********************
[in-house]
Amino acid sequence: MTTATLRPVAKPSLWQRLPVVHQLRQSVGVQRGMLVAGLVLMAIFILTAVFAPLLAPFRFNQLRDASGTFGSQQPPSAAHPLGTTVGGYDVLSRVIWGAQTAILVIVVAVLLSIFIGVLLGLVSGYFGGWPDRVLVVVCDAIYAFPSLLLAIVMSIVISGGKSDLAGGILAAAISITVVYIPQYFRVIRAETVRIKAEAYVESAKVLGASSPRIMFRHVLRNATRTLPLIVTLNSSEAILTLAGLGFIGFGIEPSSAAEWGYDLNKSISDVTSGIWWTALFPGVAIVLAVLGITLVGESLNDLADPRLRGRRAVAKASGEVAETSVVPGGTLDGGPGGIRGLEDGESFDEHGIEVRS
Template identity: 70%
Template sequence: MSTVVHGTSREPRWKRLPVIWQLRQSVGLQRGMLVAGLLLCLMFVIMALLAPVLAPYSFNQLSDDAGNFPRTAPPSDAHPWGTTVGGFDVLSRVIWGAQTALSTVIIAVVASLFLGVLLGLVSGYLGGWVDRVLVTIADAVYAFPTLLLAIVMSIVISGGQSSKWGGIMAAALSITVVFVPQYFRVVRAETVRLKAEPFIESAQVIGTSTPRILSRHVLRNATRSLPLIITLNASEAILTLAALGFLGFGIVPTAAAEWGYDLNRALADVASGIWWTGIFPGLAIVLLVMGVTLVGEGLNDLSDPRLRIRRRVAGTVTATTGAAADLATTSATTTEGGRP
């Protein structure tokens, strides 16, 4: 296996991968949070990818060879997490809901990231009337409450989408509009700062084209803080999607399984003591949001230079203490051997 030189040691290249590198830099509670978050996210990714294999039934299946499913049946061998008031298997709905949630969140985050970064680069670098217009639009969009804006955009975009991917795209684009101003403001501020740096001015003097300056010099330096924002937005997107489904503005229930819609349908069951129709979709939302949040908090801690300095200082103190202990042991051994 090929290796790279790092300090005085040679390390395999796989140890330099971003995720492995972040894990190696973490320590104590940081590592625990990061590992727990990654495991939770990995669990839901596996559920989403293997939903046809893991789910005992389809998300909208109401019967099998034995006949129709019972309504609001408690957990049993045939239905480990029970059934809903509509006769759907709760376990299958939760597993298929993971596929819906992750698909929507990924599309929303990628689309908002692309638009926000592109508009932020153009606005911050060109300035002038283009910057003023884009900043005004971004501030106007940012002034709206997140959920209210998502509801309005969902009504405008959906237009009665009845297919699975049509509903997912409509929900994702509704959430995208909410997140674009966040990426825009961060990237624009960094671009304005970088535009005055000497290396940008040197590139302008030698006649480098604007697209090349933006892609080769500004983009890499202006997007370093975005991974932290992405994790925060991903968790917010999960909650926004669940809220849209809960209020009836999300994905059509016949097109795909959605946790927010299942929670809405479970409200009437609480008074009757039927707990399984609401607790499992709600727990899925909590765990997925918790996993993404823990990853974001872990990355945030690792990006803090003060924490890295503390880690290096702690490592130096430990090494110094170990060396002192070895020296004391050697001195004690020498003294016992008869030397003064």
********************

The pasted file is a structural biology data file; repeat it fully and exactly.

[in-house]
Amino acid sequence: MTTATLRPVAKPSLWQRLPVVHQLRQSVGVQRGMLVAGLVLMAIFILTAVFAPLLAPFRFNQLRDASGTFGSQQPPSAAHPLGTTVGGYDVLSRVIWGAQTAILVIVVAVLLSIFIGVLLGLVSGYFGGWPDRVLVVVCDAIYAFPSLLLAIVMSIVISGGKSDLAGGILAAAISITVVYIPQYFRVIRAETVRIKAEAYVESAKVLGASSPRIMFRHVLRNATRTLPLIVTLNSSEAILTLAGLGFIGFGIEPSSAAEWGYDLNKSISDVTSGIWWTALFPGVAIVLAVLGITLVGESLNDLADPRLRGRRAVAKASGEVAETSVVPGGTLDGGPGGIRGLEDGESFDEHGIEVRS
Template identity: 70%
Template sequence: MSTVVHGTSREPRWKRLPVIWQLRQSVGLQRGMLVAGLLLCLMFVIMALLAPVLAPYSFNQLSDDAGNFPRTAPPSDAHPWGTTVGGFDVLSRVIWGAQTALSTVIIAVVASLFLGVLLGLVSGYLGGWVDRVLVTIADAVYAFPTLLLAIVMSIVISGGQSSKWGGIMAAALSITVVFVPQYFRVVRAETVRLKAEPFIESAQVIGTSTPRILSRHVLRNATRSLPLIITLNASEAILTLAALGFLGFGIVPTAAAEWGYDLNRALADVASGIWWTGIFPGLAIVLLVMGVTLVGEGLNDLSDPRLRIRRRVAGTVTATTGAAADLATTSATTTEGGRP
């Protein structure tokens, strides 16, 4: 296996991968949070990818060879997490809901990231009337409450989408509009700062084209803080999607399984003591949001230079203490051997 030189040691290249590198830099509670978050996210990714294999039934299946499913049946061998008031298997709905949630969140985050970064680069670098217009639009969009804006955009975009991917795209684009101003403001501020740096001015003097300056010099330096924002937005997107489904503005229930819609349908069951129709979709939302949040908090801690300095200082103190202990042991051994 090929290796790279790092300090005085040679390390395999796989140890330099971003995720492995972040894990190696973490320590104590940081590592625990990061590992727990990654495991939770990995669990839901596996559920989403293997939903046809893991789910005992389809998300909208109401019967099998034995006949129709019972309504609001408690957990049993045939239905480990029970059934809903509509006769759907709760376990299958939760597993298929993971596929819906992750698909929507990924599309929303990628689309908002692309638009926000592109508009932020153009606005911050060109300035002038283009910057003023884009900043005004971004501030106007940012002034709206997140959920209210998502509801309005969902009504405008959906237009009665009845297919699975049509509903997912409509929900994702509704959430995208909410997140674009966040990426825009961060990237624009960094671009304005970088535009005055000497290396940008040197590139302008030698006649480098604007697209090349933006892609080769500004983009890499202006997007370093975005991974932290992405994790925060991903968790917010999960909650926004669940809220849209809960209020009836999300994905059509016949097109795909959605946790927010299942929670809405479970409200009437609480008074009757039927707990399984609401607790499992709600727990899925909590765990997925918790996993993404823990990853974001872990990355945030690792990006803090003060924490890295503390880690290096702690490592130096430990090494110094170990060396002192070895020296004391050697001195004690020498003294016992008869030397003064």